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Do Betta Fish Sleep? What You Need To Know!

Lindsey Stanton Profile Picture

By Lindsey Stanton

betta fish

If you have ever wondered whether or not your betta fish sleeps, the answer is yes, it does. There is not a single person or animal on the face of the planet earth that can go without sleep for a prolonged period. This would result in mental and organ failure, with the final result being death.

Therefore, the first thing that you need to know is that your betta fish sleeps. You might also be wondering how often do betta fish sleep and how long they sleep. Well, let’s get right to it and do our best to tell you all about betta fish and sleeping.

tropical fish 2 dividerHow Do Betta Fish Sleep?

Just like humans, your betta fish needs sleep as well. Something you might be wondering is what a sleeping betta fish looks like.

One thing to keep in mind is that although these tropical fish are active during the day, and although they generally sleep during the night, they may also sleep during the day. They often enjoy taking short daytime naps, although these naps may only last for a few minutes.

These are pretty odd creatures, and betta fish may sleep in several ways. You might notice that your betta fish may like to sleep on its side, which is perfectly normal.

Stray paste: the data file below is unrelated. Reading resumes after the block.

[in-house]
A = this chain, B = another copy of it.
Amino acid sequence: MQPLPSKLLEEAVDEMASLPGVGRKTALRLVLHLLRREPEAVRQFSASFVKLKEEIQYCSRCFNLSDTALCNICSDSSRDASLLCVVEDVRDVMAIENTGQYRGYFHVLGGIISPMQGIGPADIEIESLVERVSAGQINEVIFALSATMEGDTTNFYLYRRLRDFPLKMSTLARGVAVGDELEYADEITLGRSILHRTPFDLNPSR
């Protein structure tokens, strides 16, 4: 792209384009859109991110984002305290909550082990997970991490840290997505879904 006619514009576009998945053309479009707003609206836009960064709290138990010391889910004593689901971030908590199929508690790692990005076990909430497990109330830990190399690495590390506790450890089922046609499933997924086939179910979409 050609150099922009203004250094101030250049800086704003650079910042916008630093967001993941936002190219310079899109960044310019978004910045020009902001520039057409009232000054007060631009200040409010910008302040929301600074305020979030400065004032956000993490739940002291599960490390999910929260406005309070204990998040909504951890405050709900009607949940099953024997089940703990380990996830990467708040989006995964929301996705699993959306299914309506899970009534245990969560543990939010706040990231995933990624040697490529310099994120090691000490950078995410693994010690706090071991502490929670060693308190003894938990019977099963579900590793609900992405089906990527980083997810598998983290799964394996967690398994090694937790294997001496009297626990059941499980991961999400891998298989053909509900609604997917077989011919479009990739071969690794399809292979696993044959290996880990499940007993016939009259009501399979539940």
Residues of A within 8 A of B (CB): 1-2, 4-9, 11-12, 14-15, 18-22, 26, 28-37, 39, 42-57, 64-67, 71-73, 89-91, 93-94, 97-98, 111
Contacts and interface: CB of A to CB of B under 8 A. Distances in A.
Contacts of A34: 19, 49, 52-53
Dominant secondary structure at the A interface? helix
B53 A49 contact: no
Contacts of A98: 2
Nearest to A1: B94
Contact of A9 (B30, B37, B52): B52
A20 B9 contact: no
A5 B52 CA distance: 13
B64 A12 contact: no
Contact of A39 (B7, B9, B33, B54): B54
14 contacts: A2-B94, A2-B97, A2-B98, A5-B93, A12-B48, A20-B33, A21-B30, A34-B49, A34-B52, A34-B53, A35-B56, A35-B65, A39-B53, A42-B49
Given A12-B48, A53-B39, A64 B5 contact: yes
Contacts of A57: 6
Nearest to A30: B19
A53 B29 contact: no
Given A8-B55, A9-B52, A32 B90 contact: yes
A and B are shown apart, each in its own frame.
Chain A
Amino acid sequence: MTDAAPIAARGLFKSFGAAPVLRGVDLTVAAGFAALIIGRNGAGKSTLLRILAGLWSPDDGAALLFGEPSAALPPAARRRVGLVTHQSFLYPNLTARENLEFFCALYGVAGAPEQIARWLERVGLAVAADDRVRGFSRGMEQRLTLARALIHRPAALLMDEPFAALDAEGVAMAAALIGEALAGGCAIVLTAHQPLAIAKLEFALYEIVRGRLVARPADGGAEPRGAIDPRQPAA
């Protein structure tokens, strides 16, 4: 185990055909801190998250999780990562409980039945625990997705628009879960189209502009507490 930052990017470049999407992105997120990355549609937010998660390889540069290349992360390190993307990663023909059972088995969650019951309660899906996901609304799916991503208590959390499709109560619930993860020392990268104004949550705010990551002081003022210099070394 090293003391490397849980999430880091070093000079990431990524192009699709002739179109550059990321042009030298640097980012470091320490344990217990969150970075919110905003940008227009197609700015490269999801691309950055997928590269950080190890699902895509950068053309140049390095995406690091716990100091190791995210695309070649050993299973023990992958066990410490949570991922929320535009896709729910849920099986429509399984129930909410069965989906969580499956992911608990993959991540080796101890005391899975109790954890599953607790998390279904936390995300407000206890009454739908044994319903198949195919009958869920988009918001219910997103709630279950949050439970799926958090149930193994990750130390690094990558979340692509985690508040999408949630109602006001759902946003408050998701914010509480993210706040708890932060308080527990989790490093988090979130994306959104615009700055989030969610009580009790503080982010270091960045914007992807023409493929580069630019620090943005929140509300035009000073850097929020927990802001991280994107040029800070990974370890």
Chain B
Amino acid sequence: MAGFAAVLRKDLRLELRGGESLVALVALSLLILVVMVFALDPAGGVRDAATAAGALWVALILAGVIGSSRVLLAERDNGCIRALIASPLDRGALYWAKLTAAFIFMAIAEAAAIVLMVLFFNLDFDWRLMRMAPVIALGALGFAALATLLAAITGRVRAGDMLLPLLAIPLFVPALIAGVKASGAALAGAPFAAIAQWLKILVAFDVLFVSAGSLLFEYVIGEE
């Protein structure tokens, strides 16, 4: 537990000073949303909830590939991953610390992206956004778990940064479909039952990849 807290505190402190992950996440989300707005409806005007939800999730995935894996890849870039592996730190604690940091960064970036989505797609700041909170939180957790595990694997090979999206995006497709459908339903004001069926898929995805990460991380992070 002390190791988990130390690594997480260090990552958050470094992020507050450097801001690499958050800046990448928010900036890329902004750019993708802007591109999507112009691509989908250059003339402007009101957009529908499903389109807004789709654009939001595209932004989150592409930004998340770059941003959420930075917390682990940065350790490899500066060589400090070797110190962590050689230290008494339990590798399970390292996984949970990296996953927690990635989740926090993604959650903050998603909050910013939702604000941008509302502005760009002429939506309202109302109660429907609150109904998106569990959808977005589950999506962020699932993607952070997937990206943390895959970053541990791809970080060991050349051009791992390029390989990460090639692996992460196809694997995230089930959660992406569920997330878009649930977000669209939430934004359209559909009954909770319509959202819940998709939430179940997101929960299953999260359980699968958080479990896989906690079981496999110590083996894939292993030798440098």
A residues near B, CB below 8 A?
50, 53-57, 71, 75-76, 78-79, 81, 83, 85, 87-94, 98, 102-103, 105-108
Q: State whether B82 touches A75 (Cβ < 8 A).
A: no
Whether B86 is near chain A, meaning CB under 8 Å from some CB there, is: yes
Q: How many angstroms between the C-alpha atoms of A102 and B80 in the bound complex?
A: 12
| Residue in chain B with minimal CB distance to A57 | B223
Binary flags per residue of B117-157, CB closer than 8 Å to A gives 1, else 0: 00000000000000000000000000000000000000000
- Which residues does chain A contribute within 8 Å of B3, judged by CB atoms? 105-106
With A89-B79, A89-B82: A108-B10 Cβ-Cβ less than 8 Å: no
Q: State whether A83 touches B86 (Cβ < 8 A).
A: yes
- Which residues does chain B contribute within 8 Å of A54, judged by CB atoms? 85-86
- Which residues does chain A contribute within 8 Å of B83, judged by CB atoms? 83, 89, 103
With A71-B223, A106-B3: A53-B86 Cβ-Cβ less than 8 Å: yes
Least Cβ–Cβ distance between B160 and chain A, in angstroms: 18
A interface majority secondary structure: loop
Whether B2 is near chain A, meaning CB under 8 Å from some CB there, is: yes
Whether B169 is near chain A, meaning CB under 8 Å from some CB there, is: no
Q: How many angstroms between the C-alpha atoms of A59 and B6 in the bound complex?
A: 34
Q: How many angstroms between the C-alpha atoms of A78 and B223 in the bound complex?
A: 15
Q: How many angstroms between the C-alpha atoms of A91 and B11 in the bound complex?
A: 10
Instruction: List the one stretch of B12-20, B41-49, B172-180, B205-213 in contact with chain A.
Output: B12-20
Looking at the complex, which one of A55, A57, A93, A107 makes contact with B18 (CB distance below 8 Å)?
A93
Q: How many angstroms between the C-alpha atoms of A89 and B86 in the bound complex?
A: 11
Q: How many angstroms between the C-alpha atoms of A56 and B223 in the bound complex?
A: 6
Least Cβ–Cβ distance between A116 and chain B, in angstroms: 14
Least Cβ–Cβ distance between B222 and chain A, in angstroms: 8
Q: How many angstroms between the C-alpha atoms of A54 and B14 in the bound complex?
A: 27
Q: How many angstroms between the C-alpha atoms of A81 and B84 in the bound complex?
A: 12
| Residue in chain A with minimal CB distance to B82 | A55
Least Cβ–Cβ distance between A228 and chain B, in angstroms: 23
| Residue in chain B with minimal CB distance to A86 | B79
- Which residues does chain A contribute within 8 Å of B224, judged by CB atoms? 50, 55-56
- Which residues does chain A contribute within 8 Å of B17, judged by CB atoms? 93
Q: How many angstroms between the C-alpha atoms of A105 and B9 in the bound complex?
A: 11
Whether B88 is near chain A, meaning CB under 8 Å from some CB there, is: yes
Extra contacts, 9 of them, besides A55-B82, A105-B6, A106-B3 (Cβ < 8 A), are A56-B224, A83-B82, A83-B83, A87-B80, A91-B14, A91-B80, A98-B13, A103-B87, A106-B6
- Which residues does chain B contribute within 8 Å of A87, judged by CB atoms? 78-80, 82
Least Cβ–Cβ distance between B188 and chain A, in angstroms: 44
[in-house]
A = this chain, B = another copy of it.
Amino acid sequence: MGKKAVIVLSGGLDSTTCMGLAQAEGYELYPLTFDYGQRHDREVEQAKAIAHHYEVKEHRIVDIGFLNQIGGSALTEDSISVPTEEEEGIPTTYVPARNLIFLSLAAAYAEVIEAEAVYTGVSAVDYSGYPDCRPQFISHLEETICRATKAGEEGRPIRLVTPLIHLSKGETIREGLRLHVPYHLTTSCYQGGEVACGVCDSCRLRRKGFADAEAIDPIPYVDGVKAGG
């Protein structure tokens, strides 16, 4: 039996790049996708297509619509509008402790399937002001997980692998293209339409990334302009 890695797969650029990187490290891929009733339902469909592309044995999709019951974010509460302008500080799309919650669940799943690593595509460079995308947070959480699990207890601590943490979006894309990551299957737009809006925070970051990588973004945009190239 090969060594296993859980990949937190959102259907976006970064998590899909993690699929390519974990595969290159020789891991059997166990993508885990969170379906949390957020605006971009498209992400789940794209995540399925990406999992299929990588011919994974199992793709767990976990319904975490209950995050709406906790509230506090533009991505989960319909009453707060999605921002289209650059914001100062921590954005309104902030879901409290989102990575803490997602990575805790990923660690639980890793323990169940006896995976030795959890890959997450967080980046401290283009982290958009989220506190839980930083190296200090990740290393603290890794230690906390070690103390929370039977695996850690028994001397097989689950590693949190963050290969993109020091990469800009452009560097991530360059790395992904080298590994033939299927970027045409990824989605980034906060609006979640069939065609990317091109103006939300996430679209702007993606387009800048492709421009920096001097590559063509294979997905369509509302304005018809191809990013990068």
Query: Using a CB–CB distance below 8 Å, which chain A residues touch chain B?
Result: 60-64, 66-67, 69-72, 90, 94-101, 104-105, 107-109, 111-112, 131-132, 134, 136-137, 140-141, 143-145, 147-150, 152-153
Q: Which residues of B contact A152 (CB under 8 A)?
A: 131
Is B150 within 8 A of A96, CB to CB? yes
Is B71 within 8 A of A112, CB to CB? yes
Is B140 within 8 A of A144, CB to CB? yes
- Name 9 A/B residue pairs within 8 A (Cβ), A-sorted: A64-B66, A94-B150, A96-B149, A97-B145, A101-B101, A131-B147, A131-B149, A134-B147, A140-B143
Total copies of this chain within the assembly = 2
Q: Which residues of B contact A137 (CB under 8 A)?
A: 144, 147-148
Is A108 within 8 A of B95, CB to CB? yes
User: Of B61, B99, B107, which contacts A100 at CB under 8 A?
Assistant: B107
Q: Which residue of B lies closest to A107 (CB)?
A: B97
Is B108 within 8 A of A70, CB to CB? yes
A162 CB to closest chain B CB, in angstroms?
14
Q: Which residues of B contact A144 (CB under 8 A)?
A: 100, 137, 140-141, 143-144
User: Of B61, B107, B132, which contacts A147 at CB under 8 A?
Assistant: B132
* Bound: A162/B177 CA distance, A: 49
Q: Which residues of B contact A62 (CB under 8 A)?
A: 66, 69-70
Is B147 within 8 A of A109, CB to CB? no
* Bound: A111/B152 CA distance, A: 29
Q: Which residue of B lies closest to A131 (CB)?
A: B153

They often like to sleep on their sides, and sometimes right on the bottom of the tank as well. What is also normal is to see betta fish sleeping on leaves. They often enjoy finding a soft leaf to lay down sideways on, almost like a human in a bed.

More often than not, whether at the bottom of the tank or not, a betta fish will often find something to lay down sideways on. We suppose that it is just more comfortable this way.

However, do keep in mind that if bettas spend too much time on their side or listing in any one direction, without real motion, then it could be a sign that you have a sick betta in your tank.

Keep in mind that a sleeping betta will have its eyes open, as these fish do not have eyelids

betta fish tank
Image Credit: Yan Cabrera from Pixabay

How Long Do Betta Fish Sleep

Just like with human beings, bettas are all slightly different, and the one in your tank might be different from the betta in your neighbor’s tank. For the most part, bettas sleep at night, just like us humans, and they should mostly be active during the day.

That said, remember that if your betta is sleeping during the day, they do take short naps a few times per day. However, if your betta is sleeping a lot during the day, it could be a sign that something is wrong.

A betta sleeping all day may be ill or may not be living in the right conditions. All in all, anywhere between 8 and 12 hours of sleep is pretty normal.

Reasons Why Your Betta Sleeps A lot

  • Your fish may look like it is sleeping if the water is too cold. This will slow down its metabolism and cause temperature shock. If you notice this, check the water temperature. These are warm water animals and these fish need the water to be at a certain temperature.